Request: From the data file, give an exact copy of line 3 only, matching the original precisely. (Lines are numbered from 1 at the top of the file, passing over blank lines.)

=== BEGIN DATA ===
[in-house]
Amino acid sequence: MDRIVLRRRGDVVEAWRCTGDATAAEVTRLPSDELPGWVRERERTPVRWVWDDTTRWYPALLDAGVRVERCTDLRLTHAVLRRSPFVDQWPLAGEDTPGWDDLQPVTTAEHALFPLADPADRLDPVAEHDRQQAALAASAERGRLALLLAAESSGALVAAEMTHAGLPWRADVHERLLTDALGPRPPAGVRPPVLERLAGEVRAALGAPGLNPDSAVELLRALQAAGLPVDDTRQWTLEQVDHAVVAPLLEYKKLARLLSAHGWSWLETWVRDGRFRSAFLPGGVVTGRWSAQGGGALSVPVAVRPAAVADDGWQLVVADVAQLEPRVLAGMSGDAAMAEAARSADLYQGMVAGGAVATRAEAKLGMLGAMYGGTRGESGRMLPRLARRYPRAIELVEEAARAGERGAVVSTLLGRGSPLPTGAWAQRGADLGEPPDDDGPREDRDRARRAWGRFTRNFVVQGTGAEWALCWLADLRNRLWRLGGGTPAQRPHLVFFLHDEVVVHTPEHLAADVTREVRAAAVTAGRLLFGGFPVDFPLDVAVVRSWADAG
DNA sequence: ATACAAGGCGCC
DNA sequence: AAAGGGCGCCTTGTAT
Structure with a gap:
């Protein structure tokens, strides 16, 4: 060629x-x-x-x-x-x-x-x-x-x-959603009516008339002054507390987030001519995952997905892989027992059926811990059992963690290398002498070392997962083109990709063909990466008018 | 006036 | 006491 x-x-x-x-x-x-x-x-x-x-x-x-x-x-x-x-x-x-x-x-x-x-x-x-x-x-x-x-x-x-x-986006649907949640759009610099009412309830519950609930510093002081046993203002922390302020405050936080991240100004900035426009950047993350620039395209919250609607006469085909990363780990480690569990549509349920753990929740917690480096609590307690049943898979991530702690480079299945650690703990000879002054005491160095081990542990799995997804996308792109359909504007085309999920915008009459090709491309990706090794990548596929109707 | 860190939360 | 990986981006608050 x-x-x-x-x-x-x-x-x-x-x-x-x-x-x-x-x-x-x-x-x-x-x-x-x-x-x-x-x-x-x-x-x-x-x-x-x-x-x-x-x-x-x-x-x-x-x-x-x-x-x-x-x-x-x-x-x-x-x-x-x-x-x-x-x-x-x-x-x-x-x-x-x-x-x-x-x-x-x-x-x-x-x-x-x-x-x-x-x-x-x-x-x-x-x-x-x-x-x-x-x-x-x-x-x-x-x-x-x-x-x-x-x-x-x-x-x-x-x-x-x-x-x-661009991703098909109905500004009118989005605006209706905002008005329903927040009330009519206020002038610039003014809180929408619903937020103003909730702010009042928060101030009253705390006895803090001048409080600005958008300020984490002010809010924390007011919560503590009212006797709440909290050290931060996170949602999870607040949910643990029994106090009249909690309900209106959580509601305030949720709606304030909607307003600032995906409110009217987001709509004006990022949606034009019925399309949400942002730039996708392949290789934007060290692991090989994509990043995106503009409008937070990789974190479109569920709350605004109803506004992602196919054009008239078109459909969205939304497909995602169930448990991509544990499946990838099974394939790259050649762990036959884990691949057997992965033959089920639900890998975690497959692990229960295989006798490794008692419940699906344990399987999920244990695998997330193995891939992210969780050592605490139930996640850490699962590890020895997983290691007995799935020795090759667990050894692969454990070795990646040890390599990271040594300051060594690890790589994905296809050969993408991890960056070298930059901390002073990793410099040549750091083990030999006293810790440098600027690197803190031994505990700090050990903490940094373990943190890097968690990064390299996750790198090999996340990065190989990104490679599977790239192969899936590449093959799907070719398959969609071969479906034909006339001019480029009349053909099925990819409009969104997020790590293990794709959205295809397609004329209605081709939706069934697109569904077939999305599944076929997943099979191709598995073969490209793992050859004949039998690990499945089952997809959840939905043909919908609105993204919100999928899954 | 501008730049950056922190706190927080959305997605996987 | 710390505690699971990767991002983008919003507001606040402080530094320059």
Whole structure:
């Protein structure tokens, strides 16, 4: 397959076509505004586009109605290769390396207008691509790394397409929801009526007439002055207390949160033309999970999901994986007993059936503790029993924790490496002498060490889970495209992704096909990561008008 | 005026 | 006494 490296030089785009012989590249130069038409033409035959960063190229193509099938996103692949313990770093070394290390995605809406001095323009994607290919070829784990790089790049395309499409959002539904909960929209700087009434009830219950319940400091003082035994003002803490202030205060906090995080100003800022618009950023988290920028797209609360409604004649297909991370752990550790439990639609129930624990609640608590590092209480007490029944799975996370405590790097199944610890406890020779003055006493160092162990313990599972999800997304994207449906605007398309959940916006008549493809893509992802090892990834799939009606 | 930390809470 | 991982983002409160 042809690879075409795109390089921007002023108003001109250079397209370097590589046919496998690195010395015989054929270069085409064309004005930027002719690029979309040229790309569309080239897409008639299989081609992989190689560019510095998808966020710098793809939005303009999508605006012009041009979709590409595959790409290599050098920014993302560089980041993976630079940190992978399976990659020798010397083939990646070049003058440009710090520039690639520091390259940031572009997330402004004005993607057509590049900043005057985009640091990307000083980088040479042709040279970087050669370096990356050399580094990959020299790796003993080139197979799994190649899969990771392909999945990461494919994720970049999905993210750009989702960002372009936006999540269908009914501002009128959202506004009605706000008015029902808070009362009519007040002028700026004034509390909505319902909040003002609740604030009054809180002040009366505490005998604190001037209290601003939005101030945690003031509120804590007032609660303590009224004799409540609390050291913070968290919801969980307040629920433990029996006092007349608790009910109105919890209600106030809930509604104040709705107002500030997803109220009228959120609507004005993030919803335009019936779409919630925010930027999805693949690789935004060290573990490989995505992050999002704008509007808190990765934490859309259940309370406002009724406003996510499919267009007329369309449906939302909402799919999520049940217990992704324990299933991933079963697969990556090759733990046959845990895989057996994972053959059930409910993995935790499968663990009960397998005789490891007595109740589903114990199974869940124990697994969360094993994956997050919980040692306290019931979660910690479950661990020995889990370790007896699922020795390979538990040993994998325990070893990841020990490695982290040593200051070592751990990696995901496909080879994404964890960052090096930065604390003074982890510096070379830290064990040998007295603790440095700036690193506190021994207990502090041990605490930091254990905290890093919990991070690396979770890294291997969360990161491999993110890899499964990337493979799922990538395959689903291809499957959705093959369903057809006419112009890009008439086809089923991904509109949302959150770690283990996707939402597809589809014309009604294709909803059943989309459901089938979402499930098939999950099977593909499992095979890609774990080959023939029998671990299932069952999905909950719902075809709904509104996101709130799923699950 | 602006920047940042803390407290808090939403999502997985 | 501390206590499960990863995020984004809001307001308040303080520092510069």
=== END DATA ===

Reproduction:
DNA sequence: ATACAAGGCGCC